Six Ways of Building Assets in Your Community-2
I have been discussing in the previous two posts about building assets in your community. In the last post, I listed three ways to begin the process of asset building and would like to list three additional ways to help start the process.
Fourth, discuss with your group how, as individuals, we interact with young people. How do we approach them? Is it a positive approach? An interactive approach? Or is it a negative or avoidance of young people? What messages can we send by designing a positive attitude? How could you role play some approaches with your group so that the next time they see a group of kids at the mall or within the community, they have a cheerful, positive interaction that would lift kids’ spirits? It is very easy to avoid eye contact or to not speak to a group of kids. After all, they are enjoying each other and doing their own thing. But they need interaction from other adults, particularly adults whom they may not know. This interaction can be short and cheerful and then move one.
Fifth, begin to interact at public meetings, organizations, and other venues and speak about the Assets for Youth and what the data says. Start conversations about how the community can be an asset-building with their youth. What can we do here? A few years ago, a group of like-minded citizens from my community approached the city about building a skate-board park in one corner of a huge park in town. It took a few years of meetings and discussion, but the city built the skateboard park, and it has been a real asset for our kids.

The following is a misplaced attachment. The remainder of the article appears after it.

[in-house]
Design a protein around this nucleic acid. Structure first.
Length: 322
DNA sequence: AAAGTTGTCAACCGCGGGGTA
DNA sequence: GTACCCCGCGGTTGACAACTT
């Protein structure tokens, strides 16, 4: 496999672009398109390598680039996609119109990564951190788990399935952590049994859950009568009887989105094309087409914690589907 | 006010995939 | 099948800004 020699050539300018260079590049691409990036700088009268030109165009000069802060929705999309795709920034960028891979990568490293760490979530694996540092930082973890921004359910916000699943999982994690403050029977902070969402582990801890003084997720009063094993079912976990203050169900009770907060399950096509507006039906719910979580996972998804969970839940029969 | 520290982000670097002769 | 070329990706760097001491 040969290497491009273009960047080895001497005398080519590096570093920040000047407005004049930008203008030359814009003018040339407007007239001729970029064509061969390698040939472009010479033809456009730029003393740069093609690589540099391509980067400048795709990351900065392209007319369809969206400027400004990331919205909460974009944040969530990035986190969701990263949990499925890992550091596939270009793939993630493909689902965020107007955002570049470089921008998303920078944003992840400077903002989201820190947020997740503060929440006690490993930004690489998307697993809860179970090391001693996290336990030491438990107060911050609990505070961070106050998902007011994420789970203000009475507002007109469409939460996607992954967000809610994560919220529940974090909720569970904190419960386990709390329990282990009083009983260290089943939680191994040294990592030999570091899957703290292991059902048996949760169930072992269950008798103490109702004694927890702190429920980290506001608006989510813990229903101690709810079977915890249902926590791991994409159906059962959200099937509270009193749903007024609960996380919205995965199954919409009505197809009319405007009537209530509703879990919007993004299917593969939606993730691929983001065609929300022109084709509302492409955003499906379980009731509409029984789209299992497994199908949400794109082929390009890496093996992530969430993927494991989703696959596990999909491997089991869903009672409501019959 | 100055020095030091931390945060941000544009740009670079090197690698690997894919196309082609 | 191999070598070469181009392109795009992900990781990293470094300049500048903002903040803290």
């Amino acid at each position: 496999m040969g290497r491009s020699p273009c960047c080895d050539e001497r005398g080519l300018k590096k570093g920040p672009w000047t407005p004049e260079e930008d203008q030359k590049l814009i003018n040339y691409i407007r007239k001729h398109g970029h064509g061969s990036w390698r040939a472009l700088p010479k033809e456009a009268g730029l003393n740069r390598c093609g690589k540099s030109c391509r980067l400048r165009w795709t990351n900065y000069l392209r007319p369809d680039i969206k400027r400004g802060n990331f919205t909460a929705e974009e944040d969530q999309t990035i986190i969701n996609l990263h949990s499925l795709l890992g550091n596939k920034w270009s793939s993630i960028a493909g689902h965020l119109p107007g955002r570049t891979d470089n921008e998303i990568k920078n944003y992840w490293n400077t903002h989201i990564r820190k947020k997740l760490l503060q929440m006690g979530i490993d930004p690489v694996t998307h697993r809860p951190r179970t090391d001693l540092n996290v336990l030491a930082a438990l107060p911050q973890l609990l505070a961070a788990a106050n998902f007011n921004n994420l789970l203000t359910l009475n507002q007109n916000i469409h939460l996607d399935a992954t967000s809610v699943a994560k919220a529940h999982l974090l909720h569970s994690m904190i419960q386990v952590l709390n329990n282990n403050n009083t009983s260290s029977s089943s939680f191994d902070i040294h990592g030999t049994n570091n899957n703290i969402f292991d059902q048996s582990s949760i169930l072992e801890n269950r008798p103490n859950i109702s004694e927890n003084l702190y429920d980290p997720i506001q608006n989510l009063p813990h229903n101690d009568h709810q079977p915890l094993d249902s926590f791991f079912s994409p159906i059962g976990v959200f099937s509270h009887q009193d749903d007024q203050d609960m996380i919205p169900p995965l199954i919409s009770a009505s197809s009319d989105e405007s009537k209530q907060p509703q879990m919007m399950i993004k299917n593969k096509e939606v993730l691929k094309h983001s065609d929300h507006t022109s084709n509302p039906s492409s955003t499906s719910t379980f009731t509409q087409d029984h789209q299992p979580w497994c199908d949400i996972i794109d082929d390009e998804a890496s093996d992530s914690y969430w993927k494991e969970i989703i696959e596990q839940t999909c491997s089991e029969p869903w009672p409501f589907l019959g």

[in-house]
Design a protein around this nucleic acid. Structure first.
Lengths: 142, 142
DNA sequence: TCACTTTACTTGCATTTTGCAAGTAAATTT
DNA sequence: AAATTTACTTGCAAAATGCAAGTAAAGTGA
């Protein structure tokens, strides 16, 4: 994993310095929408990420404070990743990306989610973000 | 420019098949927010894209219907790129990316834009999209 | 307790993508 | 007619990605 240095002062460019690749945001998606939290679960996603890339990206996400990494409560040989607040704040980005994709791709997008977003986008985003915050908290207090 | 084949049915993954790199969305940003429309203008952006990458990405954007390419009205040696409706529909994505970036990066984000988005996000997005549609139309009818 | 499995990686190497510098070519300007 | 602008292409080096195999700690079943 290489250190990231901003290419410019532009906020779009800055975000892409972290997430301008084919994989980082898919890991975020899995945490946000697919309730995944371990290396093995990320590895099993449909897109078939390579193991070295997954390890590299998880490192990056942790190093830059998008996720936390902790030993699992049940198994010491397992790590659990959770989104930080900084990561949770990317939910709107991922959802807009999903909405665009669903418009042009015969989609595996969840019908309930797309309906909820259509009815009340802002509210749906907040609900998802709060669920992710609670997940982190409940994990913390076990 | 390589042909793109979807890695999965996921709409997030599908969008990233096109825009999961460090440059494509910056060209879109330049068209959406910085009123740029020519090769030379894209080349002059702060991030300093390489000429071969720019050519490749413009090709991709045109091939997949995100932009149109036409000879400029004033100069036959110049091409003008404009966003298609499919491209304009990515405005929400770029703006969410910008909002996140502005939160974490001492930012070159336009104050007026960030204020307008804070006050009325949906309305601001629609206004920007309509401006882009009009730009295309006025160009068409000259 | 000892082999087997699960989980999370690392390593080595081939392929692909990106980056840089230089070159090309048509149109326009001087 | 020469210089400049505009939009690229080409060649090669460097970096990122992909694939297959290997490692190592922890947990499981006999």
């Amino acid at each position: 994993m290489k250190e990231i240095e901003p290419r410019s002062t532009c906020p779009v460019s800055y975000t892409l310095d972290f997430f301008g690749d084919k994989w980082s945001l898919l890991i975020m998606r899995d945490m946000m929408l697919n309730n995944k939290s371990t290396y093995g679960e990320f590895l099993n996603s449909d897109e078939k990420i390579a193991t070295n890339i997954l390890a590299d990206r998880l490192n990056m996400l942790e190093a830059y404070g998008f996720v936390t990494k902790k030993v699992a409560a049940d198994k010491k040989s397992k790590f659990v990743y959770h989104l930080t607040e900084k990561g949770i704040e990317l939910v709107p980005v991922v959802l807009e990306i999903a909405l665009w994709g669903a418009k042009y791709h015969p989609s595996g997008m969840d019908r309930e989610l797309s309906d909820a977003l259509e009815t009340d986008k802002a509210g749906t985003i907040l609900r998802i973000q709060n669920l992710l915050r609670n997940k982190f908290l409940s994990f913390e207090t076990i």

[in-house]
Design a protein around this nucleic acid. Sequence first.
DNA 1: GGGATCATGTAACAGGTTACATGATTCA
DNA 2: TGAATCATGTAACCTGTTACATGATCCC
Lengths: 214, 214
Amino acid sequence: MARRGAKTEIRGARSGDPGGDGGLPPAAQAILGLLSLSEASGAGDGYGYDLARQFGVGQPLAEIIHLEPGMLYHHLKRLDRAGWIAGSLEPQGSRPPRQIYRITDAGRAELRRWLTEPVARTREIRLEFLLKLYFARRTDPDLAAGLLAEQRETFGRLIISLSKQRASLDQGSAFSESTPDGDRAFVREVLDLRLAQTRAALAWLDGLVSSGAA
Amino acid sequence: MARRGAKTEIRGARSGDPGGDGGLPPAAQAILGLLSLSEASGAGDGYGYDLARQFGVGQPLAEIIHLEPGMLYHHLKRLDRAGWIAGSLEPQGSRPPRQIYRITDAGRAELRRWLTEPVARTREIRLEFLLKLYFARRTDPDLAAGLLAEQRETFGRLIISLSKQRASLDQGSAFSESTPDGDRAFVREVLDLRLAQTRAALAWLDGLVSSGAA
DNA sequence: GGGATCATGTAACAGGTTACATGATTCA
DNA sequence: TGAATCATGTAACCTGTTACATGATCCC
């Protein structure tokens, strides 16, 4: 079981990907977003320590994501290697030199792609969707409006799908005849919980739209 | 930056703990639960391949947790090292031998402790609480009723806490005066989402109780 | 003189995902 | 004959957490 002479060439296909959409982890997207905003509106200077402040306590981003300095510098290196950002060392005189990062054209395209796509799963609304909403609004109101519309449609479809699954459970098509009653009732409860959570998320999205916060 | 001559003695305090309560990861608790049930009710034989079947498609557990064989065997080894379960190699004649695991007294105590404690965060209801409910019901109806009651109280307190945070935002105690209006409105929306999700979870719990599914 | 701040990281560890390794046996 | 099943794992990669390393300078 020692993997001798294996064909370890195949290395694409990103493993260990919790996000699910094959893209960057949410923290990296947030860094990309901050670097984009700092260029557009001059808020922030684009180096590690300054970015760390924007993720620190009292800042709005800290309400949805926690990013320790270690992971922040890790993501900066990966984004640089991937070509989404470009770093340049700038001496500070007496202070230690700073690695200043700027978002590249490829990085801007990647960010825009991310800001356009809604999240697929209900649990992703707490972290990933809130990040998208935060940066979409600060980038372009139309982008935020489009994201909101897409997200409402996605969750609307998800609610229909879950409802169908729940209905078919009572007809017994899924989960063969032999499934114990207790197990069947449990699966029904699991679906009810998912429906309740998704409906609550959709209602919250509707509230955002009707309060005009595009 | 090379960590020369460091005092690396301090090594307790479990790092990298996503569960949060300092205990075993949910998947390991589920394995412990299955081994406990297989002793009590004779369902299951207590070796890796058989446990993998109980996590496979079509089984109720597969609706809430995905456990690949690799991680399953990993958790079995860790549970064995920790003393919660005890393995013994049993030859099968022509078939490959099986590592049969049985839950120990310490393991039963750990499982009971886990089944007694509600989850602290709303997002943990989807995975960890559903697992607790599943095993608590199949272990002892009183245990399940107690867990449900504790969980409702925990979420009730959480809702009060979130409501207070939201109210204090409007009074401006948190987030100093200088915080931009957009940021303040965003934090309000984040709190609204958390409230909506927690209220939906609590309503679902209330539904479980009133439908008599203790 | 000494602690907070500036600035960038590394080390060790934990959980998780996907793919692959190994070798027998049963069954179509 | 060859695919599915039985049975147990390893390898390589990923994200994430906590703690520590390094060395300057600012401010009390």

Sixth, choose one asset that you care about and that you can build with kids. Take the time to promote that asset everywhere you go by setting an example, talking about it with other adults and various groups. Choose just one and get going on it today. You can find a list of assets at https://search-institute.org. I challenge you to start with any one of these six examples of how to build assets in your community. You will find a new enjoyment from your efforts, and helping just one child be better and enjoy their youth is well worth the efforts.
Yours for a Better Community,